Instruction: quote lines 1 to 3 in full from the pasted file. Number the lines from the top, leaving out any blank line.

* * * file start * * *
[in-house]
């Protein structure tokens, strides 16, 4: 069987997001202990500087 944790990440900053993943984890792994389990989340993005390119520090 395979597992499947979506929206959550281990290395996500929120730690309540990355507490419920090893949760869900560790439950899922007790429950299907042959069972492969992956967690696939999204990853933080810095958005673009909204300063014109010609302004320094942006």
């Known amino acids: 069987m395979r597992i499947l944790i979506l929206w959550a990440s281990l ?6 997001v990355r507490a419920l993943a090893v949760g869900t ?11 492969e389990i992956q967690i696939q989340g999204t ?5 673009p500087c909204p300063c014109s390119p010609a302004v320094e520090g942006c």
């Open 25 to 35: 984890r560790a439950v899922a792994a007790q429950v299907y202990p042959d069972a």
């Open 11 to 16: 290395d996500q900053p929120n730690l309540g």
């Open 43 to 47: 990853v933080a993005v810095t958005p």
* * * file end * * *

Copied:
[in-house]
């Protein structure tokens, strides 16, 4: 069987997001202990500087 944790990440900053993943984890792994389990989340993005390119520090 395979597992499947979506929206959550281990290395996500929120730690309540990355507490419920090893949760869900560790439950899922007790429950299907042959069972492969992956967690696939999204990853933080810095958005673009909204300063014109010609302004320094942006």
């Known amino acids: 069987m395979r597992i499947l944790i979506l929206w959550a990440s281990l ?6 997001v990355r507490a419920l993943a090893v949760g869900t ?11 492969e389990i992956q967690i696939q989340g999204t ?5 673009p500087c909204p300063c014109s390119p010609a302004v320094e520090g942006c």